For the New York Giants, it’s Eli Manning. For Rachel Ray, it’s EVOO. And for recruiting and staffing industry professionals, your most valuable resource is your talent pool.
And much the way Ray devotees (yes, we exist) rely on the Food Network star to provide fresh, quality(ish) 30-minute meals on a regular basis, your clients consistently rely on you to provide quality candidates to fill positions.
The problem is, those qualified candidates aren’t always so easy to come by if you haven’t worked to build relationships with them through effective and frequent communication – even during those times your clients don’t have any openings for which they would be a match.
Communication: The Ultimate Candidate Relationship Builder
All you have to do is browse the self-help section of any Barnes & Noble for five minutes to understand that communication is key to building and sustaining long-term romantic relationships. The same is true of professional relationships – particularly those between you and your candidates. Consider the following (relatively painless) ways maintain frequent, effective communication with your candidate pool.
Newsletters: Simple, easy and effective, weekly or monthly email newsletters help keep you on your candidates’ radar without dumping too much information on them. Keep the content brief, but informative and relevant to their needs, such as information about upcoming training or certifications, candidate success stories (to keep them motivated), industry employment breakdowns and trends (to keep them informed), resume tips and career or job search advice. Over time, they will come to rely on these newsletters (and you) as a valuable source of information.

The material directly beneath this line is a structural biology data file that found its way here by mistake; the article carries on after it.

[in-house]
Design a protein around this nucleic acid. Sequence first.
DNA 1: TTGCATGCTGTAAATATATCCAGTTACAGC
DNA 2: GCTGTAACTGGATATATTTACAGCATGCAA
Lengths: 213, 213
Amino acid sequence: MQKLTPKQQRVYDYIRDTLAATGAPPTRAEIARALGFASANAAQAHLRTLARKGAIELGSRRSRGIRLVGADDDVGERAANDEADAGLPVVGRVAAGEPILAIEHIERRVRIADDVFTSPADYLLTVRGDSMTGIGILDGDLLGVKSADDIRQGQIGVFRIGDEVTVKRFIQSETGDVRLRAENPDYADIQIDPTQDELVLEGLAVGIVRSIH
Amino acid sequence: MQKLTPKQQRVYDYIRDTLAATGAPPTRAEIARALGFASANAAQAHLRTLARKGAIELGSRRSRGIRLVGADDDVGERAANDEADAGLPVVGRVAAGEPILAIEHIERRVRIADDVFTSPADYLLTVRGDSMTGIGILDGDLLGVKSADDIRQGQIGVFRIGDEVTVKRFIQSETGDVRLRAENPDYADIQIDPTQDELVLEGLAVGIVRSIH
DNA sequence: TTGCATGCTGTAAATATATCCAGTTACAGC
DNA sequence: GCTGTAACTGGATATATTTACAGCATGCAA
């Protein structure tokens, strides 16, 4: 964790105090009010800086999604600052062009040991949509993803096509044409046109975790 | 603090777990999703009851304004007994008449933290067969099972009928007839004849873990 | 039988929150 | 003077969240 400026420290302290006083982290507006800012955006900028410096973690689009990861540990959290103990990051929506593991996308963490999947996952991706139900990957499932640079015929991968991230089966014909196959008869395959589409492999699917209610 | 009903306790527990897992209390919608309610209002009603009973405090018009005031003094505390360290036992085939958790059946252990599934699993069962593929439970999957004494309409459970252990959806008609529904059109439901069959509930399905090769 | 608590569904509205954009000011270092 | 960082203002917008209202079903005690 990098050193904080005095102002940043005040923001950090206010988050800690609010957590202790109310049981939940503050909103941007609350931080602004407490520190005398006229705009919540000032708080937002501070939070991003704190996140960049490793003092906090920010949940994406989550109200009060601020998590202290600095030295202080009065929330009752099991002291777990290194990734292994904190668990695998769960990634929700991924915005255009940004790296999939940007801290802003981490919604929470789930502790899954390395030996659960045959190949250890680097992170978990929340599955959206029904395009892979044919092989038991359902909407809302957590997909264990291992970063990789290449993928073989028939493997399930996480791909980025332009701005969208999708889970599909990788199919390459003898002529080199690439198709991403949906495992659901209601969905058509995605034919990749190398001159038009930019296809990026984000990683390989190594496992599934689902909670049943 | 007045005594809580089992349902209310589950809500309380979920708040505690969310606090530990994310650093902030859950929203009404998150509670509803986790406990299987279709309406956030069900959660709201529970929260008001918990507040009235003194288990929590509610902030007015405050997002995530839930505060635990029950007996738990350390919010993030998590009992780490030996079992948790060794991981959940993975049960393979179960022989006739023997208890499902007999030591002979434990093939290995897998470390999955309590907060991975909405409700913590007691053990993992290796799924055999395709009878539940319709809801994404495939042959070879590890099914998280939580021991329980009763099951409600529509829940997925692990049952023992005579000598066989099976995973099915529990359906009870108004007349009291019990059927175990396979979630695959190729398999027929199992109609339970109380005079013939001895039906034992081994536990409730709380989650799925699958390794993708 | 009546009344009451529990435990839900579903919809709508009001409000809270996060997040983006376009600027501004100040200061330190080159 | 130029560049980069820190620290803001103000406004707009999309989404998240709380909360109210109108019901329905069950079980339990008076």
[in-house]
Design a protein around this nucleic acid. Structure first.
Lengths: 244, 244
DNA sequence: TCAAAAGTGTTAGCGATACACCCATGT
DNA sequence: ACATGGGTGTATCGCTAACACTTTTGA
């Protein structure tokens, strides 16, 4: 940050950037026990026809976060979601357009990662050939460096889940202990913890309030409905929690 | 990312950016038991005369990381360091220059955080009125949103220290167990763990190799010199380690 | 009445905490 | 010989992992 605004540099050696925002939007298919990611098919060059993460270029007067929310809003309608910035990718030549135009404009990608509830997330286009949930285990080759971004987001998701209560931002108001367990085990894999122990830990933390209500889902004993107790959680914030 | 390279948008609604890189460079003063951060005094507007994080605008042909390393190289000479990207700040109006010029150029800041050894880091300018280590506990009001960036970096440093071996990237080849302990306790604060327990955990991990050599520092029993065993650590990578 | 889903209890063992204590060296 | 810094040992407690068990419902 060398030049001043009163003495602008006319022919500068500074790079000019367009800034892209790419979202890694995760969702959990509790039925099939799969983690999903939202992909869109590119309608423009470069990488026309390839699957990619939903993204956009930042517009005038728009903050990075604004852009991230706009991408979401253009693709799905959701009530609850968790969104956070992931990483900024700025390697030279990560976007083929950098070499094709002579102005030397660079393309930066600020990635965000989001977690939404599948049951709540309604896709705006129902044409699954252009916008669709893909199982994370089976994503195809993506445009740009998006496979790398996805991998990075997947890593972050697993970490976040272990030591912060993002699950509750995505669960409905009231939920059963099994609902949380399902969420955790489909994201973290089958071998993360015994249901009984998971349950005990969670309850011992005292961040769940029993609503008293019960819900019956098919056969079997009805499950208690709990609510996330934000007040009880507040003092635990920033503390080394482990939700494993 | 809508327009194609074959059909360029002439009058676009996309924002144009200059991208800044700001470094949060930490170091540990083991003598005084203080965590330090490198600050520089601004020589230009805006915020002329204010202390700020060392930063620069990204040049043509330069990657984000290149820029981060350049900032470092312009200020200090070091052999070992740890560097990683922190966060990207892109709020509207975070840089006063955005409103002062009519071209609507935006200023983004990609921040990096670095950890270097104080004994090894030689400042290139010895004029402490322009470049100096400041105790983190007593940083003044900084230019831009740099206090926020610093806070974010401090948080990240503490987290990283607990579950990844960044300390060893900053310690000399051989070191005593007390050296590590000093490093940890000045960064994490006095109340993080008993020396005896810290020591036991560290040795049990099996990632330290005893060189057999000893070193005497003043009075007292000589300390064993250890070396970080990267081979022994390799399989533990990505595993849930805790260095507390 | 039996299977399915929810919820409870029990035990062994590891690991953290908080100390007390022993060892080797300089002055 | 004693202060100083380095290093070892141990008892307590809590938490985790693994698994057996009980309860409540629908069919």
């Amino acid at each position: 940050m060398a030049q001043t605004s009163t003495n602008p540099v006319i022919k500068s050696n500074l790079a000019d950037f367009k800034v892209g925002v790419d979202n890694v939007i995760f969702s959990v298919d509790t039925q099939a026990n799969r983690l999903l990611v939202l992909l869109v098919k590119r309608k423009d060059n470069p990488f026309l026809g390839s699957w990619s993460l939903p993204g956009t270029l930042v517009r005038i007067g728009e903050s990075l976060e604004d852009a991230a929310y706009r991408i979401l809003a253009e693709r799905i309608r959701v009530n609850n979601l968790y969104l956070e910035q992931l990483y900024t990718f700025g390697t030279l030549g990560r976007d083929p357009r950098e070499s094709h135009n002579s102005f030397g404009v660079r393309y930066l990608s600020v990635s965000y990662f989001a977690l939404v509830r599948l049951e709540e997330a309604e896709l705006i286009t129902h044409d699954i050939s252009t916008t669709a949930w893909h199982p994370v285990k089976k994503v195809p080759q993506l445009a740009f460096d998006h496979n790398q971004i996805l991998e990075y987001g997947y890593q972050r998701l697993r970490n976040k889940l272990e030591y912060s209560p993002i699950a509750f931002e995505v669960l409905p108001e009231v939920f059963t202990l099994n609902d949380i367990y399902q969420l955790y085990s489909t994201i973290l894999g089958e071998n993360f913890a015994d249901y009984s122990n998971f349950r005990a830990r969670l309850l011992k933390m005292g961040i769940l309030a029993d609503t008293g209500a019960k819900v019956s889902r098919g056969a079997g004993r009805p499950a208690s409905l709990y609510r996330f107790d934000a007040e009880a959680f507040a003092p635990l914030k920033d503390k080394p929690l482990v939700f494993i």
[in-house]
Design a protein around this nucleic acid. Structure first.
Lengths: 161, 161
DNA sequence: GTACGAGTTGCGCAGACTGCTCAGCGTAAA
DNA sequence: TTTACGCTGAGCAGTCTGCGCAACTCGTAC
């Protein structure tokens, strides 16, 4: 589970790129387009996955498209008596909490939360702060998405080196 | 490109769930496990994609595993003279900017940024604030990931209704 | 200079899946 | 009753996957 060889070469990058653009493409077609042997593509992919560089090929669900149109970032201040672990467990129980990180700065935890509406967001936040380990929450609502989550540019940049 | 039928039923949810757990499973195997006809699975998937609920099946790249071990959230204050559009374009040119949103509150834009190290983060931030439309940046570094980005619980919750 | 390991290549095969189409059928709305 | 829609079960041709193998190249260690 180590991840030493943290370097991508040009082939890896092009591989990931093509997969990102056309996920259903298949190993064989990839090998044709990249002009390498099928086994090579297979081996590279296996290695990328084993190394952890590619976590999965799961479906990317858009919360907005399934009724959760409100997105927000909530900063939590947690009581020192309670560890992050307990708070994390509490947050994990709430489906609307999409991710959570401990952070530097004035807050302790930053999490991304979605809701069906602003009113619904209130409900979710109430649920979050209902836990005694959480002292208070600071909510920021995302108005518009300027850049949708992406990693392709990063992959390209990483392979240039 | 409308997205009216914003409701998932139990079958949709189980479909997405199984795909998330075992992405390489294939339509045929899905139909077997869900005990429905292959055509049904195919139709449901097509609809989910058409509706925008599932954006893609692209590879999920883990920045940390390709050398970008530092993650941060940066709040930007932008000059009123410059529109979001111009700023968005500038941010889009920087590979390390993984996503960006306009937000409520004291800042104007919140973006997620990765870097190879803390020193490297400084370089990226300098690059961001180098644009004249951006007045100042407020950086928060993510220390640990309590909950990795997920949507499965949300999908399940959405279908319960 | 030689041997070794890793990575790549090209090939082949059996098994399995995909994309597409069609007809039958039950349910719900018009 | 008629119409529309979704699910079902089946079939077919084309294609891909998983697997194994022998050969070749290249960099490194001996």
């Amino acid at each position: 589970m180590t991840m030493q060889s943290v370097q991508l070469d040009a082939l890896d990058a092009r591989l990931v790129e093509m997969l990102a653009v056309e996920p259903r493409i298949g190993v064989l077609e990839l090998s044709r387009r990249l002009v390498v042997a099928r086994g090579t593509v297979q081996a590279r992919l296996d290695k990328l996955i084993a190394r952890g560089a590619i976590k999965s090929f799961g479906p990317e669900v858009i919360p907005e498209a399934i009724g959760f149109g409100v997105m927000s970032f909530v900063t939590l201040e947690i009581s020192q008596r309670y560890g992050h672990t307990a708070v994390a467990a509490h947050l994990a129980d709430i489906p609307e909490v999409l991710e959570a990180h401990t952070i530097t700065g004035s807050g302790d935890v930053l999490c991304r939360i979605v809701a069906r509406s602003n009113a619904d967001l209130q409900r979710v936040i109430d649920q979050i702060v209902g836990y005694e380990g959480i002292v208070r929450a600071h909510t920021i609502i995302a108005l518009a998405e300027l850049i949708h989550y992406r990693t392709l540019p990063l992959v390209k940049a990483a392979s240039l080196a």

Contact people: Another popular method for communicating with candidates is assigning a “buddy” or contact person to a number of candidates in your pool. The role of the contact person is to call or email their assigned candidates – even the ones already placed by your firm – on a weekly or monthly basis. Not only will you maintain open communication with your candidates, but you will also be able to gauge your candidates’ needs and current career situation.
Emailed job recommendations: In addition to – or as part of – regular newsletters, send out daily or weekly (depending on their preferences) emails containing job opportunities that are relevant to candidates’ industries, experience, skill levels and interests. Segment candidates in a database by these qualifiers beforehand so you can quickly email those groups when new job opportunities become available.
Mobile devices: As an alternative to emails, let candidates opt-in to receive custom job opportunities via text message as well. Inavero research found that over 50 percent of smartphone users are interacting with staffing firms via text and email, as well as reviewing job opportunities – all from their mobile devices. The increased mobile activity underscores the opportunity for recruiters to connect with candidates anywhere, at any time.
Social media: It’s impossible to overemphasize the opportunities social media provides to keep candidates informed and engaged. There are a number of ways to utilize social media as a recruiting tool. For example, you could invite them to follow you on Twitter, become a fan of your Facebook page or connect with you on LinkedIn. Then use these platforms to do everything from push out helpful career information and advice to simply converse with candidates in real-time.
Yes, building relationships with candidates through consistent communication takes work, but working to foster loyalty with candidates will pay off in both the long-term (nearly 40 percent of staffing firm clients say they worked with a staffing firm before as part of their job search, according to CareerBuilder and Inavero’s Opportunities in Staffing guide) and in the short term (the same survey found that, on average, candidates tell eight people about their experiences – both good and bad – with their staffing firms).
When it comes to successful recruiting, what goes around comes around: take care of your candidates, and they’ll take care of you.Related
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